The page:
[R] Right censored data, abundant in zeros for regression analysis.

Bert Gunter bgunter.4567 at gmail.com
Thu Dec 24 22:09:15 CET 2015

Strictly speaking, this is a statistical analysis issue, not an R
question, although I grant you that the intersection of the two is
nonempty. Nevertheless, I would suggest that you post on a statistics
list like stats.stackexchange.com . In fact, because the issue of how
to effectively deal with such data appears to be far from trivial, you
might better seek local statistical advice. Once you have decided
**what** to do, you could then come back here to inquire about R
packages and procedures to do it -- if you are unable to first find
something through internet search of course.


Bert Gunter

"The trouble with having an open mind is that people keep coming along
and sticking things into it."
-- Opus (aka Berkeley Breathed in his "Bloom County" comic strip )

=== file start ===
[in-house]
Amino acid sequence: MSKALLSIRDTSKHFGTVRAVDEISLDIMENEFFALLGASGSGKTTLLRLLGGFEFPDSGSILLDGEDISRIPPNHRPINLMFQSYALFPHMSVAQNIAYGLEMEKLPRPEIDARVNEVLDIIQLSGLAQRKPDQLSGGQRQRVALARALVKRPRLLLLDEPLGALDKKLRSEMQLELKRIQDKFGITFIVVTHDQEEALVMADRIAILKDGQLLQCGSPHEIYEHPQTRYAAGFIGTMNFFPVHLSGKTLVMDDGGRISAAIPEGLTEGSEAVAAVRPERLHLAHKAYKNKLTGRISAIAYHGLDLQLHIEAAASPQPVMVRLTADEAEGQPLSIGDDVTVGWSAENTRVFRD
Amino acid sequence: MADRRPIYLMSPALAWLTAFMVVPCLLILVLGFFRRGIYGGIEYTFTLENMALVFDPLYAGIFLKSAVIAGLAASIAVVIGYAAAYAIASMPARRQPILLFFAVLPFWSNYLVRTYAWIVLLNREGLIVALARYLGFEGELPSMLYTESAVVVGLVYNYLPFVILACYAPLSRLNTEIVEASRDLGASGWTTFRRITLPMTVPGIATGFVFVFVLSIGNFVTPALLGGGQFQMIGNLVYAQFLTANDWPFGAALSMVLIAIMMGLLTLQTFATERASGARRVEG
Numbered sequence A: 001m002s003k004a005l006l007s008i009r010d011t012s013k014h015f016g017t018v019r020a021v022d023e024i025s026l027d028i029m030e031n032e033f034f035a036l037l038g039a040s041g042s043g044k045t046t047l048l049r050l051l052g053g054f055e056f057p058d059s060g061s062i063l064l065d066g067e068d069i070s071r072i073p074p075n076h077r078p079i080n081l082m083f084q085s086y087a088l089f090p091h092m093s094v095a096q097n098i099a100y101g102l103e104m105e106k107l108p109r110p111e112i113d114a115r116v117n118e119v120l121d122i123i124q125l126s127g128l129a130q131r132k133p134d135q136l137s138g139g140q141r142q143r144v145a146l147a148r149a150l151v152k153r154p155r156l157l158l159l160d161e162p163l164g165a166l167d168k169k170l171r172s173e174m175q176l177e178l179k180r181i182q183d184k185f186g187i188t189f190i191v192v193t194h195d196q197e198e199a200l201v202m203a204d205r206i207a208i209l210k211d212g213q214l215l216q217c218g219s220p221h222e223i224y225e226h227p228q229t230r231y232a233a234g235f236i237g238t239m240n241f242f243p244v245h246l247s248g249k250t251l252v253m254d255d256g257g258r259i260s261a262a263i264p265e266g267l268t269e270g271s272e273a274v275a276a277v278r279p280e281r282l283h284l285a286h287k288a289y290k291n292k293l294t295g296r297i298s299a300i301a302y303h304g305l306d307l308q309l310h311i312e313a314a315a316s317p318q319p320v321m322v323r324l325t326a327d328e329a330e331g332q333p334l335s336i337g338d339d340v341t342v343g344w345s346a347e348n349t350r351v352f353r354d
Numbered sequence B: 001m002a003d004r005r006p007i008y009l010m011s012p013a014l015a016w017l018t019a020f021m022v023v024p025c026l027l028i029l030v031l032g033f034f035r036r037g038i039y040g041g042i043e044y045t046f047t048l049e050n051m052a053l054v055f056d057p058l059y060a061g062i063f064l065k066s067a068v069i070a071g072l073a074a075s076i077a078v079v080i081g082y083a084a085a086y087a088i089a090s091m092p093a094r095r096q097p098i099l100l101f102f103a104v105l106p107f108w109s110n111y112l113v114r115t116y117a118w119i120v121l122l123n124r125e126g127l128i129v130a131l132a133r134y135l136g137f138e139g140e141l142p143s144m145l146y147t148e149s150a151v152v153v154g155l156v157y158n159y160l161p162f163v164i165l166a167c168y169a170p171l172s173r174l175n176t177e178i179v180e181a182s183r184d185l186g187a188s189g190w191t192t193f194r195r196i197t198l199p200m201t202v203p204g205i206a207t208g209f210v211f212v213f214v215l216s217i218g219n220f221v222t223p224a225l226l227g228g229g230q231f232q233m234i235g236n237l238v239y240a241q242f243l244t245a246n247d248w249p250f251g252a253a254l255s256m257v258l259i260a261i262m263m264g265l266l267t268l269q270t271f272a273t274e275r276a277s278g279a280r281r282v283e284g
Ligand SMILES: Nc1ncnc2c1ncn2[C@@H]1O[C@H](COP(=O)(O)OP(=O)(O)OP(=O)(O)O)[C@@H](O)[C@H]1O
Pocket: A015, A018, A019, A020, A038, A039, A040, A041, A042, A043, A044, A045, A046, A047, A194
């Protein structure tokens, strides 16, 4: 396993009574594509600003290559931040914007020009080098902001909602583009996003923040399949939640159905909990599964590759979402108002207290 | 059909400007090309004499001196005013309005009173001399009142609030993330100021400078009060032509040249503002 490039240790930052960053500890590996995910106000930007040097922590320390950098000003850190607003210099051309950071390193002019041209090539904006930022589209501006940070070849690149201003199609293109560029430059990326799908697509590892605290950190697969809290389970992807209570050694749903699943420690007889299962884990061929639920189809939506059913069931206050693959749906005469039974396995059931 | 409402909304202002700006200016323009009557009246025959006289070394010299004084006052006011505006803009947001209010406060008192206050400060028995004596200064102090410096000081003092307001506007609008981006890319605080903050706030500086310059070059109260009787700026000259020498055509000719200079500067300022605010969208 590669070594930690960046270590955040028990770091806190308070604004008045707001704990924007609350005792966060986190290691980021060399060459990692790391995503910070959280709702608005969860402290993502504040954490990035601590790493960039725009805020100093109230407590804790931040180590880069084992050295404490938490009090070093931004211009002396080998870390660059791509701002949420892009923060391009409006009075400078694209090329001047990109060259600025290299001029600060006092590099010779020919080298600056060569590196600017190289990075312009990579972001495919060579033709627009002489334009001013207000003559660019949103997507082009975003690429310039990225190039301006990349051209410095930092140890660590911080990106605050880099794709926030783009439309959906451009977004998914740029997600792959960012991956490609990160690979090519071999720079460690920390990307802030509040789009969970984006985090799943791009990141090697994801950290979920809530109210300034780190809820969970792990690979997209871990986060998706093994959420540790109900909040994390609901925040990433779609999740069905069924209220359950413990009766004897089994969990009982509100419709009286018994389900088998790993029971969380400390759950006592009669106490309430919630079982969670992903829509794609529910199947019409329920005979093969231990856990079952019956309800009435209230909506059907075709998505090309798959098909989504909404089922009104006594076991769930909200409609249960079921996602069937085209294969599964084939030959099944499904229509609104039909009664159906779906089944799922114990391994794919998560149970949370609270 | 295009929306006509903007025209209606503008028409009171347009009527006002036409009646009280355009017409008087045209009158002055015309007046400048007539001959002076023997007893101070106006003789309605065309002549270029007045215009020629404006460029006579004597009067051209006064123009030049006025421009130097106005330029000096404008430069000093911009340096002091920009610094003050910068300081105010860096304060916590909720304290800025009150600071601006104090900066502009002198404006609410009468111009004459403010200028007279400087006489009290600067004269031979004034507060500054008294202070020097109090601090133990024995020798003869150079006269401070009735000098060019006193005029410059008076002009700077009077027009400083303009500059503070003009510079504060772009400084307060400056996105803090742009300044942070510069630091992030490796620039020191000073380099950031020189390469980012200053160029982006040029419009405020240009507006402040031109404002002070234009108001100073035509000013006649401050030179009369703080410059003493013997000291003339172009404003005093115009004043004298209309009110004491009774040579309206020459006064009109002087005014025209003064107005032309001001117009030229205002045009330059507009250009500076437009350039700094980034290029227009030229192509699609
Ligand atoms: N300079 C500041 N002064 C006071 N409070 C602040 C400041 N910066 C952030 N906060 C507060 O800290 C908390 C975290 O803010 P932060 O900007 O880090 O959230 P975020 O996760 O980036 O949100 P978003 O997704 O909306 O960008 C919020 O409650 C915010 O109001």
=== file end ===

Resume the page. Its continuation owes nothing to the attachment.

On Thu, Dec 24, 2015 at 5:41 AM, REES T. (706713)
<t.rees.706713 at swansea.ac.uk> wrote:
> Hi there,
> Firstly forgive me if this seem obvious, if there is existing literature on this i can't find it.
> I am looking at conditioning to stimuli and there in the time taken to perform a certain task.
> The IV for this data is Conditioning periods ranging from 1-34 periods and the DV is the time taken for the behavioral response to occur 0-300s.
> I am aware that this could simply be looked at through a simple linear regression, however due to the nature of conditioning there is an abundance of zeros in the data.
> On top of this the response time data is right censored (i believe), in that they were given a five minute period to respond after this five minute period (300 seconds) the conditioning period was terminated, so no more data was recorded.
> Attached is the data (in .csv format) for time spent out, 0 indicated no time out and 300 indicated all time out during the 5 minutes.
> I have considered looking at zero-inflated censored regressions and others similar analysis but I cannot find an analysis that suits the data I have and actually works.
> So what is the best analysis method to deal with this data?
> Admittedly i could be completely missing the target, if that's the case please feel free to say so. Any help with the route that I should go down here would be much appreciated, even if it is blindingly obvious.
> Sincerely
> Tom Rees
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